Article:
16. Because The Oregonian has not separately analyzed the categories of information that it requested in terms of whether those categories independently qualify as protected health information, it is sufficient for us to conclude that, in combination, the information contained in the requested record constitutes protected health information.
17. The parties agree that OHSU is a covered entity.
18. In symmetry with HIPAA, ORS 192.553(2) provides that,“[i]n addition to the rights and obligations expressed in ORS 192.553 to 192.581, [HIPAA] establish[es] additional rights and obligations regarding the use and disclosure of protected health information and the rights of individuals regarding the protected health information of the individual.”(Emphasis added.)
19. ORS 192.558(2)(a) and (3) contain specific exceptions to the prohibition in ORS 192.558(1) against unauthorized disclosures of protected health information. Specifically, ORS 192.558(2)(a) allows disclosure “[f]or the provider's or plan's own treatment, payment or health care operations.” In addition, ORS 192.558(2)(b) allows disclosure “[a]s otherwise permitted or required by state or federal law or by order of the court.” The Oregonian does not assert that any of those exceptions apply in this instance and therefore we need not address them.
20. ORS 192.553 to 192.558 were enacted by Oregon Laws 2003, chapter 86, sections 1 to 3, and codified as former ORS 192.518 to 192.520 (2003). The statutes were renumbered in 2011.
21. Gwen Dayton, an interim committee member, similarly commented:“Essentially when we looked for HIPAA preemption, we looked for Oregon laws that implicated the release of protected health information in a way that was * * * contrary to HIPAA, meaning that providers and other entities covered by HIPAA would not be able to comply with both state law and federal law or state law posed a substantial barrier or obstacle to effective implementation of HIPAA. * * *.“The guts of ORS 192.525 is really sub-one, which is a policy statement about confidentiality of medical records in Oregon. And that section is not completely preempted, but rather it uses terms that are inconsistent with HIPAA, that are confusing after implementation of HIPAA, that simply just don't make a lot of sense. And there are certain provisions that are flat out contrary to HIPAA. As you go through the rest of 192.525, you have similar problems. Confusing use of terminology. The model authorization form that is contained in the existing statute simply does not comply with HIPAA. * * * There are other sub-sections of the statute that are preempted because they refer to this inappropriate authorization form. Others have problems simply because of the continuing confusing use of terms that just don't make a lot of sense.“So those of us who looked at this statute felt that there was enough of it that could not be saved that a more effective way of dealing with it would be to simply repeal it and rewrite it. We want to maintain the effect of 192.525. We don't want to leave a vacuum in Oregon law, but we want to replace it with something that does what 192.525 did but also implements HIPAA at the same time. * * * [W]e considered many options in replacing 192.525. Some states have actually rewritten HIPAA into state law—hook, line, and sinker. We considered that and decided against it because we were concerned that if we didn't get every comma correct—every word correct—there would be an implied difference and we would be setting ourselves up for endless litigation about what we were trying to do in Oregon versus what the feds were doing. * * *.”Audio Recording, House Judiciary Committee, HB 2305, Feb. 18, 2003, at 17:12 (statement of Gwen Dayton), https://www.oregonlegislature.gov/citizen_engagement/Pages/Legislative-Video.aspx (accessed Oct. 10, 2017).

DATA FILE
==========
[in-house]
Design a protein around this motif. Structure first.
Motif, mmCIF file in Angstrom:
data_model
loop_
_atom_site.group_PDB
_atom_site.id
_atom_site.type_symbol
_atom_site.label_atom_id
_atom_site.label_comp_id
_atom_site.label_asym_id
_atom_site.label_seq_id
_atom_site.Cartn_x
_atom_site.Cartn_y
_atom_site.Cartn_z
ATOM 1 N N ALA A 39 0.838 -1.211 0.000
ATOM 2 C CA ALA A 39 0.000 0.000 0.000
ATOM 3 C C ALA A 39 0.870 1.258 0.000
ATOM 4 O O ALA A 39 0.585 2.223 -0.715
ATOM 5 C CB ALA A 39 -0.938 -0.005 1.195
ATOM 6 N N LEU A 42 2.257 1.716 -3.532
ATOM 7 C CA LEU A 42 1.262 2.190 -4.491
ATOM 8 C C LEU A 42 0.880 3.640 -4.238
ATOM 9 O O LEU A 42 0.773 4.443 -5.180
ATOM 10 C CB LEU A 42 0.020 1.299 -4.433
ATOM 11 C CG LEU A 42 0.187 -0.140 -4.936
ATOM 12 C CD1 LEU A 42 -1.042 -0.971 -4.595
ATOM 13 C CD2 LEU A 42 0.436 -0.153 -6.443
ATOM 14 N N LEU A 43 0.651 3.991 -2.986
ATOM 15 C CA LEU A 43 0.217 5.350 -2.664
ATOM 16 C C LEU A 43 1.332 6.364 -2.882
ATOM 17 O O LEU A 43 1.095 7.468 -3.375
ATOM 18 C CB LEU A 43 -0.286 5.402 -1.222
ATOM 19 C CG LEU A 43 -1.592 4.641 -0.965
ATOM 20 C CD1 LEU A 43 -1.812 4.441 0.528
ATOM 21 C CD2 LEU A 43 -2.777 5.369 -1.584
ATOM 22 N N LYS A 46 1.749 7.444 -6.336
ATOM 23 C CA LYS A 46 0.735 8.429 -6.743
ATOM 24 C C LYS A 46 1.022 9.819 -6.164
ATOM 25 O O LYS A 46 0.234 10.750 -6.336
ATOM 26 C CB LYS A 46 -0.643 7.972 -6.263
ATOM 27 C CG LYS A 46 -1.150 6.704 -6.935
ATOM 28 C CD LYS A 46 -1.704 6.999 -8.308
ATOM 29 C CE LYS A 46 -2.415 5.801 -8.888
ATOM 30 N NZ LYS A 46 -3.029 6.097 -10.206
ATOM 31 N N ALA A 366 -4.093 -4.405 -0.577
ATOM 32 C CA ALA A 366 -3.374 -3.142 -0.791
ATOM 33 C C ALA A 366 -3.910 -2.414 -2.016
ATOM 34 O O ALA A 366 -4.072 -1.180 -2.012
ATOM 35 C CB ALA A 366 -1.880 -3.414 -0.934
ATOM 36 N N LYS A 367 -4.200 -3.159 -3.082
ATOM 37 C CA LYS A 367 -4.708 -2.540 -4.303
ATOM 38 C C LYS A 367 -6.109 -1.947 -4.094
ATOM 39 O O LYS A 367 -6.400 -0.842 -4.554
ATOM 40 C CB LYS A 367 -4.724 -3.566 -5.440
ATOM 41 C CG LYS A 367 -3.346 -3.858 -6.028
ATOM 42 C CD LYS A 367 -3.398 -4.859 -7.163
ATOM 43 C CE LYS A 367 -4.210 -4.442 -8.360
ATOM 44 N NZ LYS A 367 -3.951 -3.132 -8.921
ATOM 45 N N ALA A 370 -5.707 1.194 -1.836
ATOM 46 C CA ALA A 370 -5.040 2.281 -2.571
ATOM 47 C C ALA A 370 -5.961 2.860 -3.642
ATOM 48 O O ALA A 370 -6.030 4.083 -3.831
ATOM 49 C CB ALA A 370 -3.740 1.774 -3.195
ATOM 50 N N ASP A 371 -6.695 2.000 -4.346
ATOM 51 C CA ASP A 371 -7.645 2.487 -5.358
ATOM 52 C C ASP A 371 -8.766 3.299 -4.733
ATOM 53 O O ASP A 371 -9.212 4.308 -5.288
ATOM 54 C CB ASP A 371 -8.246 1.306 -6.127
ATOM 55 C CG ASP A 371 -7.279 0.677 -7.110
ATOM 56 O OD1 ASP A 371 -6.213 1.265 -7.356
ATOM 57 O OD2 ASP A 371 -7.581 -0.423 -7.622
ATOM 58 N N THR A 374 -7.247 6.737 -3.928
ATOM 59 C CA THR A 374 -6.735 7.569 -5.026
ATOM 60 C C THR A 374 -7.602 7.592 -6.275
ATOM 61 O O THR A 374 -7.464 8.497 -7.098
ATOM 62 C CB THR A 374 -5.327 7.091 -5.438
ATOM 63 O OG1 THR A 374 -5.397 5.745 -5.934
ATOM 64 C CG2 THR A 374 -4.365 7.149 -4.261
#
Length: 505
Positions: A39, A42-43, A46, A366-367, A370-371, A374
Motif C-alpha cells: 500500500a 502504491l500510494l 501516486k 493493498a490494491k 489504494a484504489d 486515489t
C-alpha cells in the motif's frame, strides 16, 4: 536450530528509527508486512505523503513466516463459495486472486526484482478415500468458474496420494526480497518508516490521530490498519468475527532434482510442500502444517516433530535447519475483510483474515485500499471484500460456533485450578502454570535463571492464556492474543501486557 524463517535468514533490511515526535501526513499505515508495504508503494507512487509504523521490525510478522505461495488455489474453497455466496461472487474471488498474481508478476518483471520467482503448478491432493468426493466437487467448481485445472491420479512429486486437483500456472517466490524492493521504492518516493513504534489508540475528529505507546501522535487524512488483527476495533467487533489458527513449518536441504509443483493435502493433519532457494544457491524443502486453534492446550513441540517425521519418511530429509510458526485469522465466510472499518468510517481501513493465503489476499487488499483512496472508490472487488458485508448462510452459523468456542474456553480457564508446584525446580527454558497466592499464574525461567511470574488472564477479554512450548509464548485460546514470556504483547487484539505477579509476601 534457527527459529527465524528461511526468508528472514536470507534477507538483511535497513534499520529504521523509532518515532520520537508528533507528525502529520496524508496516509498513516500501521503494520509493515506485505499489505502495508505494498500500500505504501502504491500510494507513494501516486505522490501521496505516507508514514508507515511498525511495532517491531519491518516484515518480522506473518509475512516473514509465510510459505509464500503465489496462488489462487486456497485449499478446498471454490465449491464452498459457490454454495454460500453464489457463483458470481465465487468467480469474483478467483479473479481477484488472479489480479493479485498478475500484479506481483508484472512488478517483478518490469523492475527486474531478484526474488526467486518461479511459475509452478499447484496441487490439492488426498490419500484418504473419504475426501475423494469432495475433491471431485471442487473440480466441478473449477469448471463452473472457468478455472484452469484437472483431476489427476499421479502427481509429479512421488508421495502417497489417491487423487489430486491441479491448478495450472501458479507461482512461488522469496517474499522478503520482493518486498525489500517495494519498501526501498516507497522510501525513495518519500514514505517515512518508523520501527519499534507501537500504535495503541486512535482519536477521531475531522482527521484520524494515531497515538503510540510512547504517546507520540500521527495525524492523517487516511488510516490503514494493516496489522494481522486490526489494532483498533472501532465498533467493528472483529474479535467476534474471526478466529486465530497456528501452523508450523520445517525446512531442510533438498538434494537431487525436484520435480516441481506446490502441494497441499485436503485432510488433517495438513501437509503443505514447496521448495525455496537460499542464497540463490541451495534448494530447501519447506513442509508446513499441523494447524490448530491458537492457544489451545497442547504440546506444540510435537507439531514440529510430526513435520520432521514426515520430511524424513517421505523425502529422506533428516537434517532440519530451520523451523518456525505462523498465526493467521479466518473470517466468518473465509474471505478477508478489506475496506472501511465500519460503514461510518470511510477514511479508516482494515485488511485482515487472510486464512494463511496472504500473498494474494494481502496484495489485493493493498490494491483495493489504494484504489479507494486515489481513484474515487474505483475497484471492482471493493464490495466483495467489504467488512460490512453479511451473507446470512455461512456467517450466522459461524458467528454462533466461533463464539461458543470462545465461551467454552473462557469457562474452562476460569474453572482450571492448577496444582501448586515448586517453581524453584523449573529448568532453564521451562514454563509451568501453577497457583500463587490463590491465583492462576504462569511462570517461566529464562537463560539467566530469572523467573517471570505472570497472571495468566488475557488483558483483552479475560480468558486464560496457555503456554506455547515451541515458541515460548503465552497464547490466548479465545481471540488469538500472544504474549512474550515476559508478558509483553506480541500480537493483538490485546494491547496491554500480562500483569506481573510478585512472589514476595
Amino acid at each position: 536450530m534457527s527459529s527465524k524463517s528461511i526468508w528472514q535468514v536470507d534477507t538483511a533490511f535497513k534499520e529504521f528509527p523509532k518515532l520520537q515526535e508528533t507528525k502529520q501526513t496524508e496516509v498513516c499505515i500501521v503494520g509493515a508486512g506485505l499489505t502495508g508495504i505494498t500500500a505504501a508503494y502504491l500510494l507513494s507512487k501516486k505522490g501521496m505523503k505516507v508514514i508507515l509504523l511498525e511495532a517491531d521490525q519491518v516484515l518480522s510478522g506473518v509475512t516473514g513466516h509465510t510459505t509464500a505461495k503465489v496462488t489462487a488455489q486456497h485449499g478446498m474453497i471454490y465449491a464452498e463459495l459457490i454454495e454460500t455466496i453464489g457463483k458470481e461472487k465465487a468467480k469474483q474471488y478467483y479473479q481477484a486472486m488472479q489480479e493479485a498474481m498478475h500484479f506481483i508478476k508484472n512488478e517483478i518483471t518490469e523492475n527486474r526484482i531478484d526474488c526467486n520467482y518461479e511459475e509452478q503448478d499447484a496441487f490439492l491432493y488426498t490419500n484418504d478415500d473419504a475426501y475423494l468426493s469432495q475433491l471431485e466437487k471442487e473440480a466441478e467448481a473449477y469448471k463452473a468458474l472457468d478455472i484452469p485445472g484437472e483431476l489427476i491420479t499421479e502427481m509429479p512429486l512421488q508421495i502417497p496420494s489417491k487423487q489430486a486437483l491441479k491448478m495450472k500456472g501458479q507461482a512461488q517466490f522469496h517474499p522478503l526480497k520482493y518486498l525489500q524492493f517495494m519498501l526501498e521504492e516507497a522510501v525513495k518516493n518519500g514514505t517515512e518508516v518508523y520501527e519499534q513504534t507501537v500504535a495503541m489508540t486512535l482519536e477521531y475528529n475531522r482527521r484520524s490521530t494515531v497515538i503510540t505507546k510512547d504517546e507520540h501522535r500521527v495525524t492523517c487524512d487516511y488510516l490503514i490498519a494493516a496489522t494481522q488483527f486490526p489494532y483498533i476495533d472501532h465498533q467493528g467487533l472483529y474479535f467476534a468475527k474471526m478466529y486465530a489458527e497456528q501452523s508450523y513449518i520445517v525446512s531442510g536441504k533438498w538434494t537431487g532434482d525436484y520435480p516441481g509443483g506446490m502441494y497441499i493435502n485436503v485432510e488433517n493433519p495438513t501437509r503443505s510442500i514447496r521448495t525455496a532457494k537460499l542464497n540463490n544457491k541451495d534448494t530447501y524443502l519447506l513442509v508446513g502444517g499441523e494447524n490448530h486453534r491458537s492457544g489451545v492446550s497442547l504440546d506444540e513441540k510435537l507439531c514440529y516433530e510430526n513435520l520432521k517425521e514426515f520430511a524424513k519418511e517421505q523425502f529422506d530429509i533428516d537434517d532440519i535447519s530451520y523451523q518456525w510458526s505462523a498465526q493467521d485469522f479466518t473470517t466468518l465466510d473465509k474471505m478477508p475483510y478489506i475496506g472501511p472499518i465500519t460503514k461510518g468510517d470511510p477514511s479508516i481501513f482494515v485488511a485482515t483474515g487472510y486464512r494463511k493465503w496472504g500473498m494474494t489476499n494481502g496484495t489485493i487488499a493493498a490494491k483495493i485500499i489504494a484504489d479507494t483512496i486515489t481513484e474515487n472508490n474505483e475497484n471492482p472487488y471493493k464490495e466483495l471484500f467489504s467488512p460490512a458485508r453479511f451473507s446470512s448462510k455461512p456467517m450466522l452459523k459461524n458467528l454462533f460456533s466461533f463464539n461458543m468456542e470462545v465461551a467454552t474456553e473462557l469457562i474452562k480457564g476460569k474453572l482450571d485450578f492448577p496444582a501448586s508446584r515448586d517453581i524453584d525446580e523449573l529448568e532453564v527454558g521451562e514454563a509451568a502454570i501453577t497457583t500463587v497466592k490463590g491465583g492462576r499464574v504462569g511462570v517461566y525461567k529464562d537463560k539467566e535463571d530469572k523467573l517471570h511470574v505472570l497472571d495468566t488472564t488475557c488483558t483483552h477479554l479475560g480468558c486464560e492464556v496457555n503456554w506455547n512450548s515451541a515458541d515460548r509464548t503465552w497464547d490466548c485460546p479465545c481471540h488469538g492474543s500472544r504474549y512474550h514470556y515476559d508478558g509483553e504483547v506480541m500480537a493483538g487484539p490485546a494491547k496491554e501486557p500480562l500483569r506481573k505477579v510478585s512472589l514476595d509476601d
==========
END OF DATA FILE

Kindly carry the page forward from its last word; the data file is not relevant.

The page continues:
22. In so concluding, we need not consider whether, in different circumstances, a provision of law other than ORS 192.420(1) could require the disclosure of protected health information. Further, in light of our resolution of the patient records issue, we also need not consider the additional arguments of the parties—and amicus curiae, the State of Oregon, through the attorney general's—regarding the patient claims, including whether the information at issue is exempt from disclosure under ORS 192.502(2) or ORS 192.496(1), and whether the Court of Appeals erred by holding that ORS 192.505 does not apply to ORS 192.496(1); that ORS 192.505 applies only to exemptions that classify information within a record as exempt, rather than to exemptions that classify an entire record as exempt; and that ORS 192.496(1) is an exemption to the disclosure requirements of the OPRL.
23. A brief review discloses that “state and federal courts are sharply divided on this issue.” See Caledonian-Record Publ'g Co. v. Vt. State Coll., 175 Vt. 438, 441-42, 833 A.2d 1273, 1275-76 (2003) (citing cases). The parties have failed to discuss those authorities.
BREWER, S. J.